“Monica has a really calm and peaceful energy,” Marshall said. “She doesn’t bring a lot of chaos along with her.”

“Kate and I are not food people — we’re not chefs nor interested in being chefs. It makes a lot of sense to partner with someone where our weaknesses are.”

Dimas is Mexican, and grew up in a household eating her mother’s home cooking, which she credits with developing her well-rounded palate. She said her family rarely went out to eat, and so she initially never considered a profession in the food scene. Despite this, at the age of 18 she landed her first gig helping out in an Italian restaurant’s kitchen in Yakima. Soon after, she found herself outgrowing the restaurant scene in Eastern Washington, and headed to Seattle to expand her culinary horizons. She has since worked at restaurants such as Spinasse and Ethan Stowell’s Mkt.

(Image: Neon Taco)

(Image: Neon Taco)

Neon Taco offers both old school and new school tacos with more unusual ingredients. She plans to incorporate items like Chinese-style drunken chicken or sweet bread into her new school tacos, to create culinary concoctions unique to her taqueria. She only uses tortillas made by hand–  a skill she learned from her mother.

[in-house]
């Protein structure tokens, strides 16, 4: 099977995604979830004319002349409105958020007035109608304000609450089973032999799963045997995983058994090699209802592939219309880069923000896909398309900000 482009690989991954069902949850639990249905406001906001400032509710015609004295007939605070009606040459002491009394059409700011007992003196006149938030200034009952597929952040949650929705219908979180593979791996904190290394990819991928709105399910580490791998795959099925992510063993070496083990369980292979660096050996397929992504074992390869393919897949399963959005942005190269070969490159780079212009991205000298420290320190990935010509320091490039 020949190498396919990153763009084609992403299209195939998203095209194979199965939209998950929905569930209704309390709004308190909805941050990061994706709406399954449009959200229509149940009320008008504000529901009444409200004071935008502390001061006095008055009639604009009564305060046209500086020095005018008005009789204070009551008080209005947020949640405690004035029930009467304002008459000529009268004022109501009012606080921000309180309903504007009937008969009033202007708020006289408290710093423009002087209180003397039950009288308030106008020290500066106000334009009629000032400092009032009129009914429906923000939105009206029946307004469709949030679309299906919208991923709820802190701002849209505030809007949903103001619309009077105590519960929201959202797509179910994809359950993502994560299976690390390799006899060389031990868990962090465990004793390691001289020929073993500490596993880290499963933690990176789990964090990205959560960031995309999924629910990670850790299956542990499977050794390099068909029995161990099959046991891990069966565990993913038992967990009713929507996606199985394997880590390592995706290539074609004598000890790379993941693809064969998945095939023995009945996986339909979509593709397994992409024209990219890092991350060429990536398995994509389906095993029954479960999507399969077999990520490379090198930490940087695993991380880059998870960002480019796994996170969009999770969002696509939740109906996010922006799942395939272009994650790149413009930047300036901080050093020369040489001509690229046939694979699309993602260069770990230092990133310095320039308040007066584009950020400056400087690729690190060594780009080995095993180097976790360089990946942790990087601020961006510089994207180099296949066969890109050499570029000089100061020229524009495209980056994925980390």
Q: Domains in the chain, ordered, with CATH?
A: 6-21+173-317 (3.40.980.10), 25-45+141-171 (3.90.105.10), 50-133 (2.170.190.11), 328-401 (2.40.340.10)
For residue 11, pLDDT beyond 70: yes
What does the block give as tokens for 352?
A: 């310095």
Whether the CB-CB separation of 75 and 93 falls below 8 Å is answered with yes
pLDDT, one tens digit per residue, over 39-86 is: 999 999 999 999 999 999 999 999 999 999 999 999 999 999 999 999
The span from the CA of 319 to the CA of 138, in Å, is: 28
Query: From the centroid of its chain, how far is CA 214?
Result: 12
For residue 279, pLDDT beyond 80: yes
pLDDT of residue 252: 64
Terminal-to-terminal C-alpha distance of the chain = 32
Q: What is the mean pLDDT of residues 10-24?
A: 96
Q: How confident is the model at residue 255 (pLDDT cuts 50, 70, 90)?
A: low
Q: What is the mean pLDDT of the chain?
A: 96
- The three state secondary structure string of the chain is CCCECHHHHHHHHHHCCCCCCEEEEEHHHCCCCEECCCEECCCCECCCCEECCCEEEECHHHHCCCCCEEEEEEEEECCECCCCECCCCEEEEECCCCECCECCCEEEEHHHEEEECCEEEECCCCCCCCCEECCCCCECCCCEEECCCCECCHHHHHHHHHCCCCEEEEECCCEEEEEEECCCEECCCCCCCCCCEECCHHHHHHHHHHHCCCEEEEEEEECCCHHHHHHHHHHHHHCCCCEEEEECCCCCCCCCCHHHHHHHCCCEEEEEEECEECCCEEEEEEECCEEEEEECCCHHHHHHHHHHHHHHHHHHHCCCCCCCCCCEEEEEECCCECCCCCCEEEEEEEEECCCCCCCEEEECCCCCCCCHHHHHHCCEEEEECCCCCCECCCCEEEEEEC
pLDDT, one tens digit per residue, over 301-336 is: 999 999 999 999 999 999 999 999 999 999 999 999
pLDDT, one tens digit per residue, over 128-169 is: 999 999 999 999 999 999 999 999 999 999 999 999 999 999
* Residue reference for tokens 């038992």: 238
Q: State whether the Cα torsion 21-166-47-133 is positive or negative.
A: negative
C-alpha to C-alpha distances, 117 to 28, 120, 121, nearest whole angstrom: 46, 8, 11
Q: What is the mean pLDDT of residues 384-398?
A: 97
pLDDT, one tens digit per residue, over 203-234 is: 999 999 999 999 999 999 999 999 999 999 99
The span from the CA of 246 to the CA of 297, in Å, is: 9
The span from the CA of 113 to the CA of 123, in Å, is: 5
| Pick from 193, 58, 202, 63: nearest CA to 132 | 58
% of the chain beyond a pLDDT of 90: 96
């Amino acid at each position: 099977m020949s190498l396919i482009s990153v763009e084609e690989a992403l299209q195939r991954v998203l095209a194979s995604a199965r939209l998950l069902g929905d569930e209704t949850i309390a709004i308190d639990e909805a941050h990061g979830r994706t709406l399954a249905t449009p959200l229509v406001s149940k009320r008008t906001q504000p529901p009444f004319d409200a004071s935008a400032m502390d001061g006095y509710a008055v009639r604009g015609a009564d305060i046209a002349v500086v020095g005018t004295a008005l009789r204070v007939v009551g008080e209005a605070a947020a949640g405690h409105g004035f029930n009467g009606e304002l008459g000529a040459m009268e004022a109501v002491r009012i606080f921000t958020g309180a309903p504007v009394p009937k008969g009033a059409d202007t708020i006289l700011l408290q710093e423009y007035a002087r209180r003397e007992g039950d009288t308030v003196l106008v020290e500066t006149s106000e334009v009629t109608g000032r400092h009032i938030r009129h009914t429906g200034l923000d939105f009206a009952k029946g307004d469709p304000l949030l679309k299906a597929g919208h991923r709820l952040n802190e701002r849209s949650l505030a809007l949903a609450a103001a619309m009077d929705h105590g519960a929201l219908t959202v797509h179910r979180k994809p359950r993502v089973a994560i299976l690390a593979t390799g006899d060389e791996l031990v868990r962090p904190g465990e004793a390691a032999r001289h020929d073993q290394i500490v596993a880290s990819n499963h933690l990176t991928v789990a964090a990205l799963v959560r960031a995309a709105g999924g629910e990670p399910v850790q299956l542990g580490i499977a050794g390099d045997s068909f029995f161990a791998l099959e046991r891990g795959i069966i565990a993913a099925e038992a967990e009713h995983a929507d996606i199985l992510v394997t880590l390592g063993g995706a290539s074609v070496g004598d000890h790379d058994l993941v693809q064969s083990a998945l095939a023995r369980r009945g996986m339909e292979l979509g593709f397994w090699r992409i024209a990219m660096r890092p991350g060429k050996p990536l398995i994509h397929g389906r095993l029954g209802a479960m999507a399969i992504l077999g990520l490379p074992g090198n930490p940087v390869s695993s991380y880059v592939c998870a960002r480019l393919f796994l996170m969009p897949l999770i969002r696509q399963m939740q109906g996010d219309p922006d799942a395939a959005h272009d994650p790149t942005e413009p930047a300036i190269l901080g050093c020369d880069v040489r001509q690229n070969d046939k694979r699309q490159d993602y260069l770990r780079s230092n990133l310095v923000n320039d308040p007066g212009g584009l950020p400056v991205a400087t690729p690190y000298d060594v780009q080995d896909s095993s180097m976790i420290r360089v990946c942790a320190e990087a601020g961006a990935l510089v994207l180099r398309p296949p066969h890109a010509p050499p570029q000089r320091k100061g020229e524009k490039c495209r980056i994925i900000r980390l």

Not all of Nacho’s over-the-top style has been left behind. Neon Taco also offers soft pork rinds dressed in cabbage and fresno chiles and the Sonoran dog — a bacon wrapped hot dog with Mexican garnishes. UPDATE: Sorry for the hot dog oops! Dimas says that Neon’s lengua (beef tongue) is especially tasty.

“I feel like food doesn’t have to be super traditional for it to be authentic,” Dimas said. “Food is always evolving and there’s a reason why it changes over the course of time.”

Nacho co-owner Opatz said the response thus far from patrons has been positive, adding that the drinks pair smoothly with Dimas’ food. On occasion, Dimas will make homemade horchata or agua fresca that can be paired with alcohol from the bar.

While passionate about producing quality food and running her kitchen, Dimas said she never wants to be so invested in a restaurant that she must be there every day to keep it functioning properly. She likes the idea of a chef-driven restaurant, but said she would rather focus on growing a business that provides a great experience for employees and patrons.